A ROW has broken out over plans to build more than 70 homes on a plot of land in Marlow town centre after developers outlined their plans last weekend.

A petition entitled ‘Save Portland Gardens’ was launched after it emerged Crest Nicholson had bought the large area behind the High Street to the west which contains 14 houses and a large expanse of trees.

the developer has laid out plans to build 72 one to five bedroom homes, which would see all but six of the existing properties demolished.

And while some Marlow residents have voiced support for the scheme and insisted the plot should be used for badly-needed homes and affordable housing, protestors against the plans the area should be converted into a public garden.

The mission statement for the Save Portland Gardens group states: "Developing the historic Portland Gardens site, built in the early 1900's, will rip the heart out of the town centre and remove the last undeveloped green space in the town.

"Portland Gardens should be restored and turned into a public garden for the entire community. This would enhance Marlow's attraction to visitors for generations to come and give long term enjoyment for the people of Marlow, and not just another expensive housing development to profit the very few.

"The issues of transport within the site, and the disruption and upheaval to the existing communities on and around the site are not being addressed.

"We feel Portland Gardens is worth far more to the community if sympathetically restored and enjoyed by all."

An online petition has attracted over 50 signatures so far, with protestors hopeful the campaign can gather steam before any planning application is made.

The opposition comes as the developer put plans on show to the public for the first time last weekend.

Campaigners are also critical of former landowner John Lewis Partnership for selling up the site to a housing company after it considered building a supermarket there.

However, resident Kerry Thackwell, one of the campign organisers, has declined to comment further at this stage.

Supporters of the development have rushed to its defence in the wake of the petition, with one claiming another area for public use would be "superfluous" for the town.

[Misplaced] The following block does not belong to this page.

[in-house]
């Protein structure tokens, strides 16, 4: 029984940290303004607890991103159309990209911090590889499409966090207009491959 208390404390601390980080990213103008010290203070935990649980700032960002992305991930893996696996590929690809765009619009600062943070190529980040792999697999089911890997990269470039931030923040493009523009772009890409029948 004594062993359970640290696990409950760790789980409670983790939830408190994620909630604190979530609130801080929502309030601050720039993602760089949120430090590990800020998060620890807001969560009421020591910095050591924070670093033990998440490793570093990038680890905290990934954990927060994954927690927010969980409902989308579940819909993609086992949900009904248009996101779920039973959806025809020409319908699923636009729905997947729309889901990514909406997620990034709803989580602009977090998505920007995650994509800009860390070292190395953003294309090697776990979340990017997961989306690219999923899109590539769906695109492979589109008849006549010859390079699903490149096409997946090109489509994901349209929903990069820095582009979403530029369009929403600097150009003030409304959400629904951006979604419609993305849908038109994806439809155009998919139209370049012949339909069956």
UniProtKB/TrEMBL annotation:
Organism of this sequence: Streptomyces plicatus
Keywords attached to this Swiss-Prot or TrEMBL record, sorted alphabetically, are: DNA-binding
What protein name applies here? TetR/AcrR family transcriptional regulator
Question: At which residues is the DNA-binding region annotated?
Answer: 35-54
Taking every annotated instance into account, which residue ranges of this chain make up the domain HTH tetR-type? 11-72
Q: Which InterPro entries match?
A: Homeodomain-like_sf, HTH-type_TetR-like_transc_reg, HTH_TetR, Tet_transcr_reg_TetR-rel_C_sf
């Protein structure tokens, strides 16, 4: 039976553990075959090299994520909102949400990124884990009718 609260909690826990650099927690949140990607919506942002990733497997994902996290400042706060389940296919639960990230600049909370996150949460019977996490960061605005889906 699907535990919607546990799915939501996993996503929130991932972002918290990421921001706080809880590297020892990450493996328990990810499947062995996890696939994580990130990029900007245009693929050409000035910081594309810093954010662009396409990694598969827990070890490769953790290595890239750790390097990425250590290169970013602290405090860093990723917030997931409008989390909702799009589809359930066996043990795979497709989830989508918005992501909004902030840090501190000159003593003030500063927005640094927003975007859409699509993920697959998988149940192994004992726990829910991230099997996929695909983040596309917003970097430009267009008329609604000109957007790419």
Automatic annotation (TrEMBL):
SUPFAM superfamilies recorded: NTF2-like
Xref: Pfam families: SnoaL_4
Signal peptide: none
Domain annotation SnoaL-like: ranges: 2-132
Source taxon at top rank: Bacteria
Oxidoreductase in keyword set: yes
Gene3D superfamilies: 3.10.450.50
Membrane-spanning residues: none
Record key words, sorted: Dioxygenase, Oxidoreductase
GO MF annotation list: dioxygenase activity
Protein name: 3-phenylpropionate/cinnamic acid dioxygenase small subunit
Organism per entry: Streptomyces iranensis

Resident and Marlow business owner Bernard Mulady told the MFP that as well as Marlow badly needing new housing, there are few feasible sites in town to build them.

Wycombe District Council’s recent Local Plan Consultation states that with flood risk areas and the surrounding Area of Outstanding Natural Beauty, there is "little room for growth" in and around Marlow.

He said: "A leaflet campaign has been started in Marlow by an otherwise untraceable group with the above name, to convert the currently run down site, to a public garden. Portland Gardens have suffered years of indecision and neglect due to various abortive development schemes.

"The chance now exists to develop this area with much needed residential property at all cost levels. A further garden would be superfluous as the large (23 acres) Higginson Park is only some 100 yards away and is well used by both residents and visitors to the town.

He added: "Who do SPG propose will buy this site, fund the conversion, pay for subsequent maintenance and upkeep? Certainly, neither Marlow Town or Wycombe District Councils have the finances for such expenditure at this time.

"Marlow needs houses, Portland Gardens are zoned for houses and it is the right place to build them."

Business leaders and town societies have echoed the call for more housing, and for affordable homes for younger people in and around the town centre.

In their response to WDC’s Local Plan Consultation, Marlow Chamber of Commerce acknowledge the difficulty of finding land for housing, but insist new homes should be "types suitable for single people, couples and families."

And the Marlow Society, which campaigns for the preservation and sensitive development of the town, say the developer’s plans to include more than 30 per cent affordable homes on Portland Gardens is "welcome news".